Saturday, September 10, 2011

Jambalaya Recipe

Here is a traditional Acadian recipe from Louisiana.  It's hearty, easy to make, and satisfying.

Seasoning mix:
2 whole bay leaves
1 tsp. cayenne pepper
1 1/2 tsp. salt
1 1/2 tsp. white pepper
1 tsp. dried thyme
1/2 tsp. black pepper
1/4 tsp. rubbed sage
Jambalaya prep:
2 tbsp. butter
1 lb. andouille or keilbasa sausage, cut into bite size slices
1 lb. chicken breast, cut into bite size pieces.
2 diced onions
1 stalk diced celery
2 diced green bell peppers
1 tbsp. minced garlic
12 oz. canned diced tomatoes in sauce or 12 oz. tomato sauce (not tomato paste)
2 1/2 c. chicken stock
1 1/2 cups (converted) uncooked rice
Combine all ingredients for the seasoning mix in a small bowl and set aside.

Preheat oven to 350 degrees.

Melt the butter in a 2-quart saucepan over medium-high heat. Add the sausage and cook until meat starts to brown.  This should take about 3 or 4 minutes, more or less. Add the chicken and cook it until the chicken turns brown, about 3-5 minutes. Keep it stirred frequently. Stir in the seasoning mix and 1/2 of each onion, celery, bell peppers, and garlic. Cook until vegetables become tender, about 6 minutes. Stir in tomatoes and sauce and cook about 1 minute.  Stir in remaining vegetables, and take the mixture off the heat. Now stir in the chicken stock and rice, and mix well. Transfer mixture to an ungreased baking pan and bake uncovered at 350 for about 1 hour or until all liquid has evaporated.  Stir periodically.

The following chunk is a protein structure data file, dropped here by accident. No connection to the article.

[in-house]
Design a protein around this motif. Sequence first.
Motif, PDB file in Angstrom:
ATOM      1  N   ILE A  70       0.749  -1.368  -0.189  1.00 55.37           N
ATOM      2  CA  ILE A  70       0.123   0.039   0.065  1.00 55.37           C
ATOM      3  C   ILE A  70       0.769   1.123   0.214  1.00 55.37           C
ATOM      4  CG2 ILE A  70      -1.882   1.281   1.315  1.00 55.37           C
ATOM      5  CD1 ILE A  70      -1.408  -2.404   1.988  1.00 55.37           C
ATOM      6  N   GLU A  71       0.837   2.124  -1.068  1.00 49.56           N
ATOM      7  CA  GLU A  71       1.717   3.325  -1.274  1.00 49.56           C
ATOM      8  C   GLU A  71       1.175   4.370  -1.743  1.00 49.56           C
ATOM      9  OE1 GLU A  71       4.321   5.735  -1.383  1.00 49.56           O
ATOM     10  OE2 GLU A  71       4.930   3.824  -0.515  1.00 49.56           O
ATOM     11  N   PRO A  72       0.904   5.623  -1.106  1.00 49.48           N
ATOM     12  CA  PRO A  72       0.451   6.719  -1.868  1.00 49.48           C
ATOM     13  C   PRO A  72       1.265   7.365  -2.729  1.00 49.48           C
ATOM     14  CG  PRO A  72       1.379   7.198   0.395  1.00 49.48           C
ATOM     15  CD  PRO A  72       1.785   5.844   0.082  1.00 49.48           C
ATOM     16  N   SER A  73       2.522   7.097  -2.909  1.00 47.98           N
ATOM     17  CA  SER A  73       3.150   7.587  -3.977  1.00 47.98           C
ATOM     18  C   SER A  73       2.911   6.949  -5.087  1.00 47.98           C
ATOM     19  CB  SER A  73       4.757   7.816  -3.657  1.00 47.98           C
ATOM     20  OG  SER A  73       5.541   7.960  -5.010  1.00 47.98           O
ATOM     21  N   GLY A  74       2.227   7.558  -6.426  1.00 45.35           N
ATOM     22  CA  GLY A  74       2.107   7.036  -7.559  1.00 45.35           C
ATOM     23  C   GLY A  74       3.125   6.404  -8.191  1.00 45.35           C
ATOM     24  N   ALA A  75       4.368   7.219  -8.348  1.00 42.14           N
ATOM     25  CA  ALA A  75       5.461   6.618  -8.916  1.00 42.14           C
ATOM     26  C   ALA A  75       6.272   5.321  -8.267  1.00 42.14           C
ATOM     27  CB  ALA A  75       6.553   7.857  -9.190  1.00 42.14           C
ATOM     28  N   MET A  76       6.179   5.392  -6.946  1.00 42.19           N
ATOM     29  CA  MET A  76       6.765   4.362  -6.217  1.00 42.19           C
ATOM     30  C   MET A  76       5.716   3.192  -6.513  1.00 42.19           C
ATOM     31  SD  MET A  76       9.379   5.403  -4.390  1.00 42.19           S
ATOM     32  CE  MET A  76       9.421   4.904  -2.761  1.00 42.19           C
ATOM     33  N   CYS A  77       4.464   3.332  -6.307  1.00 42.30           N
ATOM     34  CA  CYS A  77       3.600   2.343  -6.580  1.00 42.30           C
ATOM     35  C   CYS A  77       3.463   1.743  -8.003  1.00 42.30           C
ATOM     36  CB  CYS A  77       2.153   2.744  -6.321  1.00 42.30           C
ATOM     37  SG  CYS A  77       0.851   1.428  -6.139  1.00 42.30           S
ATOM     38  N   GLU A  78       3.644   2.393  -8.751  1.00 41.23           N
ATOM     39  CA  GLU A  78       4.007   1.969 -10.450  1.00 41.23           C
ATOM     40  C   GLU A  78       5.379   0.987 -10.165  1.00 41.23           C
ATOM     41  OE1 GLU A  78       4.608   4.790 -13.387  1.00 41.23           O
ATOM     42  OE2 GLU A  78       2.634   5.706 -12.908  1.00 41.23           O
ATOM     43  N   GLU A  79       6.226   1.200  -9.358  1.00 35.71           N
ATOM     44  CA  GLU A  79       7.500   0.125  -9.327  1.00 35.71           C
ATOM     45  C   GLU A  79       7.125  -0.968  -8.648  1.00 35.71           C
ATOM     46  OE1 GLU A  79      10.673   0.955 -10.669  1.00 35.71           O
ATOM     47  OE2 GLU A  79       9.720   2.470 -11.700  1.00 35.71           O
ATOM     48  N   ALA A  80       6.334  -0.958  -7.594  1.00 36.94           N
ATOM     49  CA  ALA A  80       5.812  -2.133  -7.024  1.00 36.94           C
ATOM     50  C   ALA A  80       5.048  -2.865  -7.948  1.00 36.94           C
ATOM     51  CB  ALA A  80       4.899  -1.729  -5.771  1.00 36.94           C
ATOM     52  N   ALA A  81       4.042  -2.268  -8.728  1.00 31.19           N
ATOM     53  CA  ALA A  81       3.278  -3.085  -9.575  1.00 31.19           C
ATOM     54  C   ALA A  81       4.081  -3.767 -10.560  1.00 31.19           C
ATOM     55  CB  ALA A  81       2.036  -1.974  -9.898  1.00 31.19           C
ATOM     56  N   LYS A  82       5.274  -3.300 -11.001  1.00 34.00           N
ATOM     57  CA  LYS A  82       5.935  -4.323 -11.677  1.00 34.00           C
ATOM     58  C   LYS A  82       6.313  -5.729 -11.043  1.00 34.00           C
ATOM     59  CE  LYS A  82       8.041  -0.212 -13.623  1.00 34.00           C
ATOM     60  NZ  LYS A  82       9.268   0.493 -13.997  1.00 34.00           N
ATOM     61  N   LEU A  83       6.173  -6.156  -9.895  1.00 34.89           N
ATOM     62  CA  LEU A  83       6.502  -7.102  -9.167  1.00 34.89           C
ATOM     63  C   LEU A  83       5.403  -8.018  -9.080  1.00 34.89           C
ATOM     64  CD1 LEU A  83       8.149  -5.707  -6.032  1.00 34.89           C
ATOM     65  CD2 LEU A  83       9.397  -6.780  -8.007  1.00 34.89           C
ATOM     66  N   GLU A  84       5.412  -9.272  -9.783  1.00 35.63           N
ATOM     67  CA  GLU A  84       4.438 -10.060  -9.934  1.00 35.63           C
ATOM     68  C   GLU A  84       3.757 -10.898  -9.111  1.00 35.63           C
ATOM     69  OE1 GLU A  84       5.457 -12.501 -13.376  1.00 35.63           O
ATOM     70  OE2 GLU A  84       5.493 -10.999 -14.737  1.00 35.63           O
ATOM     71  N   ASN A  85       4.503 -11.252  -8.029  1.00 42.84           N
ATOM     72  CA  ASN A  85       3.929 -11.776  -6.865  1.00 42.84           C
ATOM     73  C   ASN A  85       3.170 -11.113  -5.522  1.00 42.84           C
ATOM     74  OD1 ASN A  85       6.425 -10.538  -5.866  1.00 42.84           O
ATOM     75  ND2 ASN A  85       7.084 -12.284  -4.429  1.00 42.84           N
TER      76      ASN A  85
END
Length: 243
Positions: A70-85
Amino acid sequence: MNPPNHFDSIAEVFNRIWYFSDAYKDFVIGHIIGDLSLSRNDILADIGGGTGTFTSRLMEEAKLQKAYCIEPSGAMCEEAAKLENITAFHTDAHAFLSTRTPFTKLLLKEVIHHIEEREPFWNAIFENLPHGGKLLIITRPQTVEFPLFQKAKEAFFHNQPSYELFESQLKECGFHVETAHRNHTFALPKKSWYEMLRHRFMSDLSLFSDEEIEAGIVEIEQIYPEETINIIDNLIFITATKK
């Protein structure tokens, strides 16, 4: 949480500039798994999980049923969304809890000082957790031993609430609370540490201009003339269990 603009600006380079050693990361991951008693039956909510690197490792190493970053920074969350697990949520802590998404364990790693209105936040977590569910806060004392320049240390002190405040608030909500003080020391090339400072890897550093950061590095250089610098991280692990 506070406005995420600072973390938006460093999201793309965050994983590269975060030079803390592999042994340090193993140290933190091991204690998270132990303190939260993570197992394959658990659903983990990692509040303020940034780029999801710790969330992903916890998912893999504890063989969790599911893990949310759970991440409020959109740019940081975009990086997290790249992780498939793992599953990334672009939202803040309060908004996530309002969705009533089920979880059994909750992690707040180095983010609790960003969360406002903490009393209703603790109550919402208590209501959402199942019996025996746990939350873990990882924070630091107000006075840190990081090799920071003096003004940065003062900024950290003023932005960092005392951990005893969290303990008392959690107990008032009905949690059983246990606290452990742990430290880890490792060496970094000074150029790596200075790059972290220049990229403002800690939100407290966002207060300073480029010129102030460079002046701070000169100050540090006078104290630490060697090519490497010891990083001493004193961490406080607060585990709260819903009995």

Before serving jambalaya, remove bay leaves. Let stand for 5 minutes before serving. Add Tabasco sauce for further hotness.  For God's sake, don't screw it up with some off-brand hot sauce.

Serve with a nice beer, like Abita Turbo Dog or Blue Moon.


Anonymous said...

This sounds too good for generic beer or Bud.

Bilbo said...

I will be trying that recipe this winter for sure, and I agree with you about the Tabasco...although I do like Cholula with scrambled eggs. Do you have a good recipe for Red Beans and Rice?

eViL pOp TaRt said...

Bilbo, I'll see what I can find. Richard Collin's traditional recipe is a Platonic dish, as they go.

eViL pOp TaRt said...

A tip regarding Cajun food: Go easy of the spicy seasoning at first. It's better to add to taste than to make the food too hot.